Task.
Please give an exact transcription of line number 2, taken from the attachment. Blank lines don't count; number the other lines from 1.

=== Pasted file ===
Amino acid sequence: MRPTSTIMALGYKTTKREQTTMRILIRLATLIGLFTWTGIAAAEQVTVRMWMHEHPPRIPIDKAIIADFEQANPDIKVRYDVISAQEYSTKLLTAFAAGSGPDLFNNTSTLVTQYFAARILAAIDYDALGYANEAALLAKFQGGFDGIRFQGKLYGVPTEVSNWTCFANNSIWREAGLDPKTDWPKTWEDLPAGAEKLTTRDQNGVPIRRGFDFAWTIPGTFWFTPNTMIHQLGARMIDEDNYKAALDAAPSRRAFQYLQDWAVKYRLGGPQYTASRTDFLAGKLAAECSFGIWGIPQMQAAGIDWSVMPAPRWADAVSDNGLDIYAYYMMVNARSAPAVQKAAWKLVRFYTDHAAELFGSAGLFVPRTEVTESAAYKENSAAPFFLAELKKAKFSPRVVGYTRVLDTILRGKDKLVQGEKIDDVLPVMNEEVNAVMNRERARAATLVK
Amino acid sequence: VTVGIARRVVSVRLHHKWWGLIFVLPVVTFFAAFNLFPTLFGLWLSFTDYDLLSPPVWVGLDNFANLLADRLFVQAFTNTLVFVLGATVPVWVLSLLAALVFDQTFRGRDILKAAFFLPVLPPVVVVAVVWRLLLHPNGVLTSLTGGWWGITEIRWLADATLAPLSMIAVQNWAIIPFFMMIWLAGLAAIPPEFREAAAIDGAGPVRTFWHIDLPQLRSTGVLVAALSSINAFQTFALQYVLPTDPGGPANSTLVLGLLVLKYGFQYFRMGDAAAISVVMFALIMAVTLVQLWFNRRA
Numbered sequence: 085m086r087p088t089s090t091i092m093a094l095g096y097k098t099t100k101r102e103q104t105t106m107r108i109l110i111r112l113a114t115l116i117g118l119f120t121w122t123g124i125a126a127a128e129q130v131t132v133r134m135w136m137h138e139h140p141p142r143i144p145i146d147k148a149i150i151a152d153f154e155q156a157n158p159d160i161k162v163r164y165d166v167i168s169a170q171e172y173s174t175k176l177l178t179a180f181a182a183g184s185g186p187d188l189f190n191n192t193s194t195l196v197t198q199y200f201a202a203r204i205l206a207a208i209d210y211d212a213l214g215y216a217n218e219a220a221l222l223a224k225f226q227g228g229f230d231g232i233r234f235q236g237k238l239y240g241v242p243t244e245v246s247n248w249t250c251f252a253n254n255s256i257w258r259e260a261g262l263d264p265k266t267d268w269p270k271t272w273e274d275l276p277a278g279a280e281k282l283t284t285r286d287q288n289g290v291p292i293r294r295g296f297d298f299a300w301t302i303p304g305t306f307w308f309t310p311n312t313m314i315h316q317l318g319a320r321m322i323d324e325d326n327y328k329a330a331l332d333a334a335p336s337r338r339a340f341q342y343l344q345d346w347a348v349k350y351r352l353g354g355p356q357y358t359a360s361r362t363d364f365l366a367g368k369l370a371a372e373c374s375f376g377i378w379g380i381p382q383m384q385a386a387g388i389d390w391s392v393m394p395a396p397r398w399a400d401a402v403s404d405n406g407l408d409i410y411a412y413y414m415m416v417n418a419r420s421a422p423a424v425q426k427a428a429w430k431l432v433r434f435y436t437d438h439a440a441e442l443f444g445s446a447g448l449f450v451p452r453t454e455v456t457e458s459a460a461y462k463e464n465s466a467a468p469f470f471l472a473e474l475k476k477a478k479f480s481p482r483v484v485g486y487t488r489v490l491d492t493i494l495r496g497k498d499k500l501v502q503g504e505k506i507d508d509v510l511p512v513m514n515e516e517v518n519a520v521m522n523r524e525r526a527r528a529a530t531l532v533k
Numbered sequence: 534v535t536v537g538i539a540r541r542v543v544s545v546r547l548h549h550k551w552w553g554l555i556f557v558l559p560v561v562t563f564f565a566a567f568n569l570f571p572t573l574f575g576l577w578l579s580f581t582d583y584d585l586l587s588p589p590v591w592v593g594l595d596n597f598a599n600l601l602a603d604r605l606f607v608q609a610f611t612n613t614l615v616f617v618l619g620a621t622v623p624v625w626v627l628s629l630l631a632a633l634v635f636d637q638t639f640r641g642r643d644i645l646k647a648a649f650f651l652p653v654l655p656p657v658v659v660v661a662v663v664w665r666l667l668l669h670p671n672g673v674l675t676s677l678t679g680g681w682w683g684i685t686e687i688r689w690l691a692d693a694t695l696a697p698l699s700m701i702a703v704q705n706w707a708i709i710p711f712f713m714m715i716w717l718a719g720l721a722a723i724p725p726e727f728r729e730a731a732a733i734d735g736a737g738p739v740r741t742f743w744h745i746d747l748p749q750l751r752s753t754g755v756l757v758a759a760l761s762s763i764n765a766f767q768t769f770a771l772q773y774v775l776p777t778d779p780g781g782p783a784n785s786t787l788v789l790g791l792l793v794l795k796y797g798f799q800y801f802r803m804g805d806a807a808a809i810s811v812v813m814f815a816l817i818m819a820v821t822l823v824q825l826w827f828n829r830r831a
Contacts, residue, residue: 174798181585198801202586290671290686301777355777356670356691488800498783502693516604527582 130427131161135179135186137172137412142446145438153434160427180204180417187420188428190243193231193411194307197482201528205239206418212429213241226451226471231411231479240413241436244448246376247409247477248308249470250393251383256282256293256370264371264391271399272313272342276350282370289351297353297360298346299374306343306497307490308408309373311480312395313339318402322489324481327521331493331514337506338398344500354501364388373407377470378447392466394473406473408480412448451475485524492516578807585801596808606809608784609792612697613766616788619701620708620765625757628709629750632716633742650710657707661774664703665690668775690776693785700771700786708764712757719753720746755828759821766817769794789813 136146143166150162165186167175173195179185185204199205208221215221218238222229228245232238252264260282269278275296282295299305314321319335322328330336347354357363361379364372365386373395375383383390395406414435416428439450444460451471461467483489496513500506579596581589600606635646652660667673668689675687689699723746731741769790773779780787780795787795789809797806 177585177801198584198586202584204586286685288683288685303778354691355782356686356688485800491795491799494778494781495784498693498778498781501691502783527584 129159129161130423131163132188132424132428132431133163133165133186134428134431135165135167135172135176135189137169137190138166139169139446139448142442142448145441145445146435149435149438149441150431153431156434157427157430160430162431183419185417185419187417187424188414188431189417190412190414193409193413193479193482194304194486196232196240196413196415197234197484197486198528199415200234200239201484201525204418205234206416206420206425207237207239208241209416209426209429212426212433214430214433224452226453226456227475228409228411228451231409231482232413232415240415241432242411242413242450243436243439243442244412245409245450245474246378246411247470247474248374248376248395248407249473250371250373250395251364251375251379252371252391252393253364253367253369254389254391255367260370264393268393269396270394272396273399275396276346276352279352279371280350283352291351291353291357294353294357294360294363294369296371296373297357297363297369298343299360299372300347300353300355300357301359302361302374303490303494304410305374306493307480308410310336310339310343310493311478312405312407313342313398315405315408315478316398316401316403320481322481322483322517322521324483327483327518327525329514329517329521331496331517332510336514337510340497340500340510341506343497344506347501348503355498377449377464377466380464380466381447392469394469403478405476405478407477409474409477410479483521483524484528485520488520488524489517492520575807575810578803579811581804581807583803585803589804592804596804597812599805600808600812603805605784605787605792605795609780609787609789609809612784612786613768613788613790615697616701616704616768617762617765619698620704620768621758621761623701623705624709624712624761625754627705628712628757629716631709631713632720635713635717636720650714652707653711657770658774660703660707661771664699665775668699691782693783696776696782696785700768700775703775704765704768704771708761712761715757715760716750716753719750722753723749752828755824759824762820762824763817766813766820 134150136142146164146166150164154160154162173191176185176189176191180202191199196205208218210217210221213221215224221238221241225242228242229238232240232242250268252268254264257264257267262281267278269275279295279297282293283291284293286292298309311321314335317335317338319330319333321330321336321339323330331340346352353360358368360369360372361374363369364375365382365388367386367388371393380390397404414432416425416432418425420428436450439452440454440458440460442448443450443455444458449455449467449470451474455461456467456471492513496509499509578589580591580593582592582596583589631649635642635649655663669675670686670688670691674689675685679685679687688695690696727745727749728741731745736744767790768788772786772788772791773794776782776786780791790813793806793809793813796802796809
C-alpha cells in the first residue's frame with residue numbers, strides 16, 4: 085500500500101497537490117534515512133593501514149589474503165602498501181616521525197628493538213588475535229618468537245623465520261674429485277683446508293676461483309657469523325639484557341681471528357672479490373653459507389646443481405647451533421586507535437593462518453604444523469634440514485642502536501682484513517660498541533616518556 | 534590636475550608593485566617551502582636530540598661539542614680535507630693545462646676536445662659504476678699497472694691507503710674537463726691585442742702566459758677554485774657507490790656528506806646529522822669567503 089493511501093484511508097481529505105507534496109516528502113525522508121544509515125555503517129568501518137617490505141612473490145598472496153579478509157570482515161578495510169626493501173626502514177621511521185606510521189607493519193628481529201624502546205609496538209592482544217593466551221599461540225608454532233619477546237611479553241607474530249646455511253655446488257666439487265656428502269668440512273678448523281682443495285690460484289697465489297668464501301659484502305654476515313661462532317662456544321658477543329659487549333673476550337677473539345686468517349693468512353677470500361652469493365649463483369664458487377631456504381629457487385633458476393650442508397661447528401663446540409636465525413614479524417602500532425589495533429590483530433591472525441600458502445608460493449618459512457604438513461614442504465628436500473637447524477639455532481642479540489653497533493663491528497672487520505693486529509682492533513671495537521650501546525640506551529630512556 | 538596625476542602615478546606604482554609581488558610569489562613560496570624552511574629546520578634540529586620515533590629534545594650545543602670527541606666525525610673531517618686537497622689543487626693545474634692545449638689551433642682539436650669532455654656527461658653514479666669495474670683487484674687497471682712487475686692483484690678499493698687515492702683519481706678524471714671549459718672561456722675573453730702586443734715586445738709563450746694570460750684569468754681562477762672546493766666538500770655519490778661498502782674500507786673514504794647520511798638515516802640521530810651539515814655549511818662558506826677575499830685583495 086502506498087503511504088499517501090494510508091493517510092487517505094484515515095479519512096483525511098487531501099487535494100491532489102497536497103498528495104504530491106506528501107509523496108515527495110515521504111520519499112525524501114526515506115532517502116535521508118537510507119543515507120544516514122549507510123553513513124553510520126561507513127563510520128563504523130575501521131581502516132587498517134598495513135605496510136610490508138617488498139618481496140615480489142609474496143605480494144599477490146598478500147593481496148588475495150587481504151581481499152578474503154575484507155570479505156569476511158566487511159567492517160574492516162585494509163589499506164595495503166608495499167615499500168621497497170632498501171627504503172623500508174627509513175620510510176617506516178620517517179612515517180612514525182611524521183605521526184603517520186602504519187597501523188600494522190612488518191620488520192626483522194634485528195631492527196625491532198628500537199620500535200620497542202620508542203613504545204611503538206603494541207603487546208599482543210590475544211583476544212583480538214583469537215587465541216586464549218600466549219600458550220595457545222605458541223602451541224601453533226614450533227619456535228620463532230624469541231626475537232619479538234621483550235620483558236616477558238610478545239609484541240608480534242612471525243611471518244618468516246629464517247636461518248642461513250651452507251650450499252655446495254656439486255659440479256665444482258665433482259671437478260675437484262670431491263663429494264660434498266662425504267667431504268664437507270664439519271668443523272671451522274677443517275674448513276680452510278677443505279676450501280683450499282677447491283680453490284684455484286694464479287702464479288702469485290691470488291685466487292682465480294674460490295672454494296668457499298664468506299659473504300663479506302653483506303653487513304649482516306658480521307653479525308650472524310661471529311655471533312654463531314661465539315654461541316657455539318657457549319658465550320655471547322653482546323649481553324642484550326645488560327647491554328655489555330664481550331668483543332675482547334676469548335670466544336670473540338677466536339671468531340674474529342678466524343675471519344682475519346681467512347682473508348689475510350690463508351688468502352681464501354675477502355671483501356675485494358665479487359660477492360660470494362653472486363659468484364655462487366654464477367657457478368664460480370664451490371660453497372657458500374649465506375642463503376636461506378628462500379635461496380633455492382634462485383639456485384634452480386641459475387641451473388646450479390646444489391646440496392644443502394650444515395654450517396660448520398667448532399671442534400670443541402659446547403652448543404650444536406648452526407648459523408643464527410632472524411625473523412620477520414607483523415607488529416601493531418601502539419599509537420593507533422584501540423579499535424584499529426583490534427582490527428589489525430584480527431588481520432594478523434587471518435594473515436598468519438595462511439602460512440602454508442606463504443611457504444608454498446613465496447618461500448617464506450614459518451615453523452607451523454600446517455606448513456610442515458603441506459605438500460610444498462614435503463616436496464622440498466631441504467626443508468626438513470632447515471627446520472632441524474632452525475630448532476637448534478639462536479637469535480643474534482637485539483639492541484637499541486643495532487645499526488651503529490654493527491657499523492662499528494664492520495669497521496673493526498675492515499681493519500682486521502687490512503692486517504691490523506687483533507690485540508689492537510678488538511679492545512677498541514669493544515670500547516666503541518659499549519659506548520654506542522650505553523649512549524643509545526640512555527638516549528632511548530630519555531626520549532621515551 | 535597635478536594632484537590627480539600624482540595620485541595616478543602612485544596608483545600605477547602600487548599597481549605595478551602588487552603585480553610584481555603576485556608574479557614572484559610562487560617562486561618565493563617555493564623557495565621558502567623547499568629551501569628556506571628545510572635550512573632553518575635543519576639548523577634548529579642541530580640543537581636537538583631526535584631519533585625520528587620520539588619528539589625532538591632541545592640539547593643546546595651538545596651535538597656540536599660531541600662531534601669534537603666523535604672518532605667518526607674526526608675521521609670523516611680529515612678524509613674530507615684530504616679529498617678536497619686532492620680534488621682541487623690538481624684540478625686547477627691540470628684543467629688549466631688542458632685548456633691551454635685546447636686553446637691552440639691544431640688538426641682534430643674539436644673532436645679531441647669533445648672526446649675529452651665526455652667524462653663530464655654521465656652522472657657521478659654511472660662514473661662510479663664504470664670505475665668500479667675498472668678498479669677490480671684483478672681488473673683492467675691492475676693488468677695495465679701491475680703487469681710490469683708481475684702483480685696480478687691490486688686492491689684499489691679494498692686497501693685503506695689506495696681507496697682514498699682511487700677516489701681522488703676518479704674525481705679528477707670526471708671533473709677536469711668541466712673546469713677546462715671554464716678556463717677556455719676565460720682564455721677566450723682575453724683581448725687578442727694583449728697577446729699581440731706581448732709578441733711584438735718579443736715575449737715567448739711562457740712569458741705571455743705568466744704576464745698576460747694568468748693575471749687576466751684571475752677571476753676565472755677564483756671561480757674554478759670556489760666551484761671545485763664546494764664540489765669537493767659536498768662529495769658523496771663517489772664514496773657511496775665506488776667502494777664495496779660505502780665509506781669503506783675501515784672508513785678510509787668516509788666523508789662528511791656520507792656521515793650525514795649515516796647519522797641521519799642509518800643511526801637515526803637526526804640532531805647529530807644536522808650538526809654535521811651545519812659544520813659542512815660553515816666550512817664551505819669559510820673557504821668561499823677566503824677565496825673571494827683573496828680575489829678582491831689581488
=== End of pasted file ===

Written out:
Amino acid sequence: VTVGIARRVVSVRLHHKWWGLIFVLPVVTFFAAFNLFPTLFGLWLSFTDYDLLSPPVWVGLDNFANLLADRLFVQAFTNTLVFVLGATVPVWVLSLLAALVFDQTFRGRDILKAAFFLPVLPPVVVVAVVWRLLLHPNGVLTSLTGGWWGITEIRWLADATLAPLSMIAVQNWAIIPFFMMIWLAGLAAIPPEFREAAAIDGAGPVRTFWHIDLPQLRSTGVLVAALSSINAFQTFALQYVLPTDPGGPANSTLVLGLLVLKYGFQYFRMGDAAAISVVMFALIMAVTLVQLWFNRRA